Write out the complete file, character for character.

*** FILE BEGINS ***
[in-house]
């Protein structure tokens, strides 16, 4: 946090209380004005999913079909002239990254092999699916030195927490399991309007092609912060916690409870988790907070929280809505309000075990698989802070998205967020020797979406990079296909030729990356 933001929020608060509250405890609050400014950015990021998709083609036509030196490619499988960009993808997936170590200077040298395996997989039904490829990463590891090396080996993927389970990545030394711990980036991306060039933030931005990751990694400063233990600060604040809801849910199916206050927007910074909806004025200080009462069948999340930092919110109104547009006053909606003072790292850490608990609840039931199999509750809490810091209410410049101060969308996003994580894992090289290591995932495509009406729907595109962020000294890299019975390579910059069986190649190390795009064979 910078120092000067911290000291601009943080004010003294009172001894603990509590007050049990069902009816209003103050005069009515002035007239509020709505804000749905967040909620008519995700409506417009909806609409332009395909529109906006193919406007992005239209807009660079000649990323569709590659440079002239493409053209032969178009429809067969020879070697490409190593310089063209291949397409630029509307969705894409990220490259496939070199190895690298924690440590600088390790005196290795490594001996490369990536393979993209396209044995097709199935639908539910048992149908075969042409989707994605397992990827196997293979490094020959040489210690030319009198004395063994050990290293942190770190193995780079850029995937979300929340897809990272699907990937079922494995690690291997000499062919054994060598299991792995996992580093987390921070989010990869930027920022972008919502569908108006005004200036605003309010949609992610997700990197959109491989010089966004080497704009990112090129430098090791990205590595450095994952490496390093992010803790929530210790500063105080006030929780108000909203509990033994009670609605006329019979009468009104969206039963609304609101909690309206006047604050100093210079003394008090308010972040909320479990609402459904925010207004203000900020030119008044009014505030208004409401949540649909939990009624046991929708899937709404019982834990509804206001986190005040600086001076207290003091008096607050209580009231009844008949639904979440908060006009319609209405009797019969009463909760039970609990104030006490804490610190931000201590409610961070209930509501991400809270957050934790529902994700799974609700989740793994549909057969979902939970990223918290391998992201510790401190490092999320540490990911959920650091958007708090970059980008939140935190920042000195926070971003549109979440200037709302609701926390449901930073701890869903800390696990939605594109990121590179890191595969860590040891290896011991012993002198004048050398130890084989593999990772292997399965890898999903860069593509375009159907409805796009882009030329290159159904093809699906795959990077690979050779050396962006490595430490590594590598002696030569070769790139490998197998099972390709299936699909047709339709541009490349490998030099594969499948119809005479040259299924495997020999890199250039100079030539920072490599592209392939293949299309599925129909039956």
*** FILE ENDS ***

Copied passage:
[in-house]
């Protein structure tokens, strides 16, 4: 946090209380004005999913079909002239990254092999699916030195927490399991309007092609912060916690409870988790907070929280809505309000075990698989802070998205967020020797979406990079296909030729990356 933001929020608060509250405890609050400014950015990021998709083609036509030196490619499988960009993808997936170590200077040298395996997989039904490829990463590891090396080996993927389970990545030394711990980036991306060039933030931005990751990694400063233990600060604040809801849910199916206050927007910074909806004025200080009462069948999340930092919110109104547009006053909606003072790292850490608990609840039931199999509750809490810091209410410049101060969308996003994580894992090289290591995932495509009406729907595109962020000294890299019975390579910059069986190649190390795009064979 910078120092000067911290000291601009943080004010003294009172001894603990509590007050049990069902009816209003103050005069009515002035007239509020709505804000749905967040909620008519995700409506417009909806609409332009395909529109906006193919406007992005239209807009660079000649990323569709590659440079002239493409053209032969178009429809067969020879070697490409190593310089063209291949397409630029509307969705894409990220490259496939070199190895690298924690440590600088390790005196290795490594001996490369990536393979993209396209044995097709199935639908539910048992149908075969042409989707994605397992990827196997293979490094020959040489210690030319009198004395063994050990290293942190770190193995780079850029995937979300929340897809990272699907990937079922494995690690291997000499062919054994060598299991792995996992580093987390921070989010990869930027920022972008919502569908108006005004200036605003309010949609992610997700990197959109491989010089966004080497704009990112090129430098090791990205590595450095994952490496390093992010803790929530210790500063105080006030929780108000909203509990033994009670609605006329019979009468009104969206039963609304609101909690309206006047604050100093210079003394008090308010972040909320479990609402459904925010207004203000900020030119008044009014505030208004409401949540649909939990009624046991929708899937709404019982834990509804206001986190005040600086001076207290003091008096607050209580009231009844008949639904979440908060006009319609209405009797019969009463909760039970609990104030006490804490610190931000201590409610961070209930509501991400809270957050934790529902994700799974609700989740793994549909057969979902939970990223918290391998992201510790401190490092999320540490990911959920650091958007708090970059980008939140935190920042000195926070971003549109979440200037709302609701926390449901930073701890869903800390696990939605594109990121590179890191595969860590040891290896011991012993002198004048050398130890084989593999990772292997399965890898999903860069593509375009159907409805796009882009030329290159159904093809699906795959990077690979050779050396962006490595430490590594590598002696030569070769790139490998197998099972390709299936699909047709339709541009490349490998030099594969499948119809005479040259299924495997020999890199250039100079030539920072490599592209392939293949299309599925129909039956």